Fact Table characteristics Ø Data Grain: This is an important characteristic of the fact table. As we know, the data grain is the level of detail for the measurements or metrics. In this example, the metrics are at the detailed level. The quantity ordered relates to the quantity of a particular product on a single order, on a certain date, for a specific customer, and procured by a specific sales representative. If we keep the quantity ordered as the quantity of a specific product for each month, then the data grain is different and is at a higher level.
Fact Table characteristics Ø Fully Additive Measures: Such measures are known as fully additive measures. Aggregation of fully additive measures is done by simple addition. When we run queries to aggregate measures in the fact table, we will have to make sure that these measures are fully additive. Otherwise , the aggregated numbers may not show the correct totals.
Fact Table characteristics Ø Semiadditive Measures. Consider the margin_dollars attribute in the fact table. For example, if the order_dollars is 120 and extended_cost is 100, the margin_percentage is 20. This is a calculated metric derived from the order_dollars and extended_cost. If you are aggregating the numbers from rows in the fact table relating to all the customers in a particular state, you cannot add up the margin_percentages from all these rows and come up with the aggregated number. Derived attributes such as margin_percentage are not additive. They are known as semiadditive measures. Distinguish semiadditive measures from fully additive measures when you perform aggregations in queries.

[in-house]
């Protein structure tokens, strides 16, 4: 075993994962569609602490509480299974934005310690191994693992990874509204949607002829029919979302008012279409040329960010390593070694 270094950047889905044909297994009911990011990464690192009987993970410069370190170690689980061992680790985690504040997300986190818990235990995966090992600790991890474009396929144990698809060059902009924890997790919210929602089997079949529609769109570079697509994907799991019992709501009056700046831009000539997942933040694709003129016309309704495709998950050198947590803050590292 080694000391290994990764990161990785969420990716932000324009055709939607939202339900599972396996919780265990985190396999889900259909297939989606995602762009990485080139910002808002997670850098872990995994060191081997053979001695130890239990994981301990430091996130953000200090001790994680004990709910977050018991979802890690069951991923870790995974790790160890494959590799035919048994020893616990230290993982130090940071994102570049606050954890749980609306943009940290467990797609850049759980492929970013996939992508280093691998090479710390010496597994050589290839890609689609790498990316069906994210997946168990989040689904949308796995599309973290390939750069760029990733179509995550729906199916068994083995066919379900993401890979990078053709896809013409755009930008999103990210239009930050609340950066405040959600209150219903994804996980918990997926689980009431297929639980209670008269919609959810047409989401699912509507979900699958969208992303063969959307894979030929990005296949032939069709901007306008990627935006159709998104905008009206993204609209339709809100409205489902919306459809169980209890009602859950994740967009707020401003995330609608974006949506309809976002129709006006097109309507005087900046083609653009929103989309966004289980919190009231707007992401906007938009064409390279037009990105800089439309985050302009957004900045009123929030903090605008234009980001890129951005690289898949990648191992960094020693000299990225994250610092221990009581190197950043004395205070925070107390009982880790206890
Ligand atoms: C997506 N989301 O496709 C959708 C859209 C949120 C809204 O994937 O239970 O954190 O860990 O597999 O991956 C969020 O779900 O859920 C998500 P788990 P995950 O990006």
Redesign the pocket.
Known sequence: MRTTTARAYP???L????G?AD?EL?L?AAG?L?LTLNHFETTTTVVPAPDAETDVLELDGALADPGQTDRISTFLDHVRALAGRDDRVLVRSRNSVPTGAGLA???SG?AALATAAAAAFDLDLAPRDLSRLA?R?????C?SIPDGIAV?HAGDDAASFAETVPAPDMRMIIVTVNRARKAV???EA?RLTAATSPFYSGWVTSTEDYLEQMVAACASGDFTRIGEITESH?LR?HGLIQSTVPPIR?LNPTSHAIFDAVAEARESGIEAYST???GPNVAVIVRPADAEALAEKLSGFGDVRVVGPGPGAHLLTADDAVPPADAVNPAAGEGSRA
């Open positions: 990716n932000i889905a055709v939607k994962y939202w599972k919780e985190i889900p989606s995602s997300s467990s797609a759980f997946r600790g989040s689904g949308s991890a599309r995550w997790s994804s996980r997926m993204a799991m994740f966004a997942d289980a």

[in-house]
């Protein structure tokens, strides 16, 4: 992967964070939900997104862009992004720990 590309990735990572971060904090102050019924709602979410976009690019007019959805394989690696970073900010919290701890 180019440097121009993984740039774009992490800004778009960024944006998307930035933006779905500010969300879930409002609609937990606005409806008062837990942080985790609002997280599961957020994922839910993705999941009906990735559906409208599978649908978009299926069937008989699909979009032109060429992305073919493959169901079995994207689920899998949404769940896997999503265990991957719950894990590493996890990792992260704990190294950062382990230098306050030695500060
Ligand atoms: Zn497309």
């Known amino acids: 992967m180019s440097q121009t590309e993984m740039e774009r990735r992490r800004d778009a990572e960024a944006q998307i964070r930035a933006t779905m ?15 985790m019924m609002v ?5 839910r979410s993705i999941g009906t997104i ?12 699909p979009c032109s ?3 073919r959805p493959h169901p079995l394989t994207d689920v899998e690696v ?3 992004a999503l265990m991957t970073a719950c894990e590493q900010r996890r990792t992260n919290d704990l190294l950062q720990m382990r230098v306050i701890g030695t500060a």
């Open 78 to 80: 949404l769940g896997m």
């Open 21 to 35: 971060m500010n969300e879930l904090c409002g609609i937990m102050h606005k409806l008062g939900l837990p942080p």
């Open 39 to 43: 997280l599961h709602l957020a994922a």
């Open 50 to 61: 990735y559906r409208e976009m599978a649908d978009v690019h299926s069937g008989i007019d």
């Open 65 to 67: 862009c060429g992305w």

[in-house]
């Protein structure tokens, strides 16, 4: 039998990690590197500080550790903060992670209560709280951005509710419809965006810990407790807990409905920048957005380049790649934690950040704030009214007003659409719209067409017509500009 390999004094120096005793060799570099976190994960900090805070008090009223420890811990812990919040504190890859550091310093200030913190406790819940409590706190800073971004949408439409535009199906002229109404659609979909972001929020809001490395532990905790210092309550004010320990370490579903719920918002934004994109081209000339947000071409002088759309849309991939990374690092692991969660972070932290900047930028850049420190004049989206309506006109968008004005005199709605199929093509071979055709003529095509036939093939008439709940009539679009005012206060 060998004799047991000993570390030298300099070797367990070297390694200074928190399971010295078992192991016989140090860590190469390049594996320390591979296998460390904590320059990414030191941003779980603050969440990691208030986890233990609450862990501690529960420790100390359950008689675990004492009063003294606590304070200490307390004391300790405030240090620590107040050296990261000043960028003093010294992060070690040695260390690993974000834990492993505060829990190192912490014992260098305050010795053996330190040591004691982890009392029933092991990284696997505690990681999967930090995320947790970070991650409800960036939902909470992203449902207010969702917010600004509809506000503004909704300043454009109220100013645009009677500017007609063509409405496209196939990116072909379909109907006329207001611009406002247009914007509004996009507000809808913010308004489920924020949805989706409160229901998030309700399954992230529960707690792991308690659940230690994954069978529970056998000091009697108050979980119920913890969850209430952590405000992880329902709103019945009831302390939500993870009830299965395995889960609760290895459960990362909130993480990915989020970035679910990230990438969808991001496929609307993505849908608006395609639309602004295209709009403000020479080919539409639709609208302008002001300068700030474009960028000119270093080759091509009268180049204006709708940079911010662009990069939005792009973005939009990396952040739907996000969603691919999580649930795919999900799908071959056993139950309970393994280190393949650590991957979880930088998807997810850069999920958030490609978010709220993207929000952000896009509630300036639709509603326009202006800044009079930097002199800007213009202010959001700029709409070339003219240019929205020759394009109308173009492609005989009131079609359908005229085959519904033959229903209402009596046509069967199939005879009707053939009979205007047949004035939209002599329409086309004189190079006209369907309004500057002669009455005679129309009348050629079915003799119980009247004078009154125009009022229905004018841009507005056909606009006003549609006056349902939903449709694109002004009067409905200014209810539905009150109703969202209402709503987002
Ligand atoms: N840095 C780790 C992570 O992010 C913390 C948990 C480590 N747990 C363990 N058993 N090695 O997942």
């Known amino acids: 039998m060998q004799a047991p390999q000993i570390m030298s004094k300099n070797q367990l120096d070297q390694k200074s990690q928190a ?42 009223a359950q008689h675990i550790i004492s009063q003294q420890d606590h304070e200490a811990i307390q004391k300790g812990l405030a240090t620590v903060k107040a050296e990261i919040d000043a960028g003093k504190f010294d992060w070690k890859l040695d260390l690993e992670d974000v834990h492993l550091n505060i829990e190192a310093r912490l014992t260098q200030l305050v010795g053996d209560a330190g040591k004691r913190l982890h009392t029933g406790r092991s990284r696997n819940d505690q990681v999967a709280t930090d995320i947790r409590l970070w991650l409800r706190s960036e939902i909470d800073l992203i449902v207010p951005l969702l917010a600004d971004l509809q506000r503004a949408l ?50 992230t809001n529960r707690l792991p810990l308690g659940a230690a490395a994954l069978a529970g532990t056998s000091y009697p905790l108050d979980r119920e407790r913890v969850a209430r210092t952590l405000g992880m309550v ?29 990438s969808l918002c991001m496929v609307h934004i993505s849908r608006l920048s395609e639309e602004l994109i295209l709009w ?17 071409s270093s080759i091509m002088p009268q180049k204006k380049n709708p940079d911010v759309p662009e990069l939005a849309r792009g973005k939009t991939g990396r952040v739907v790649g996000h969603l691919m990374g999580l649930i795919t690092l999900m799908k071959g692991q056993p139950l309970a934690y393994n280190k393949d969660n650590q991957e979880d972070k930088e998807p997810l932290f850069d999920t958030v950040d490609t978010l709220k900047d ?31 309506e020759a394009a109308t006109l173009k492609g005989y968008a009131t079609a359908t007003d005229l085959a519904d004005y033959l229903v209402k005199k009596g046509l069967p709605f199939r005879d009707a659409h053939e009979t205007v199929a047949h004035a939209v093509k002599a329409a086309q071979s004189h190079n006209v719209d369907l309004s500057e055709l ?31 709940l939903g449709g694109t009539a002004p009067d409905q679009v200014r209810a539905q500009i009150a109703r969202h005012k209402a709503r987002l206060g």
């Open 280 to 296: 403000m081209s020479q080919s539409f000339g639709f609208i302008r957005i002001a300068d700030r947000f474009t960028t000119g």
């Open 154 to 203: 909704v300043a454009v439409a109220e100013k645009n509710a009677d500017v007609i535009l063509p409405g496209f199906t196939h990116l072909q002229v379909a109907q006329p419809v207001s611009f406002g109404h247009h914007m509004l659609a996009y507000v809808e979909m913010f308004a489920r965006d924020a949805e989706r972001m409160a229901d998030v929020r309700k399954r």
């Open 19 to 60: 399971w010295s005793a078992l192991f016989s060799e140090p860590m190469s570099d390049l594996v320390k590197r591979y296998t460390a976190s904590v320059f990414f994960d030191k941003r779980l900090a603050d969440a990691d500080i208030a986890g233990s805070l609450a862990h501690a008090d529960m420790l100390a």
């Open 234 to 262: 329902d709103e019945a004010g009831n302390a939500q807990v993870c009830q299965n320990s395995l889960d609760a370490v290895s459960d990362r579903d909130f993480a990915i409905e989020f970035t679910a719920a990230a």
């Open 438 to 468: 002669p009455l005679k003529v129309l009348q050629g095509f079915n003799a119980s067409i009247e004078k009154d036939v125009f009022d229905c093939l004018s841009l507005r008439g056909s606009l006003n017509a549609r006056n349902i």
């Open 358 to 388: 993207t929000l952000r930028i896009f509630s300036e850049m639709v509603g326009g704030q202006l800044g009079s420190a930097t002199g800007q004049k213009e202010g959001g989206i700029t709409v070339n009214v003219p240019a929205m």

Fact Table characteristics Ø Table Deep, Not Wide: Typically a fact table contains fewer attributes than a dimension table. Usually, there about 10 attributes or less. But the number of records in a fact table is very large in comparison. Take a very simplistic example of 3 products, 5 customers, 30 days, and 10 sales representatives represented as rows in the dimension tables. Even in this example, the number of fact table rows will be 4500, very large in comparison with the dimension table rows. If you lay the fact table out as a two-dimensional table, you will note that the fact table is narrow with a small number of columns, but very deep with a large number of rows.
Fact Table characteristics Ø Sparse Data. We have said that a single row in the fact table relates to a particular product, a specific calendar date, a specific customer, and an individual sales representative. In other words, for a particular product, a specific calendar date, a specific customer, and an individual sales representative, there is a corresponding row in the fact table. What happens when the date represents a closed holiday and no orders are received and processed? The fact table rows for such dates will not have values for the measures. Also, there could be other combinations of dimension table attributes, values for which the fact table rows will have null measures. Do we need to keep such rows with null measures in the fact table? There is no need for this. Therefore, it is important to realize this type of sparse data and understand that the fact table could have gaps.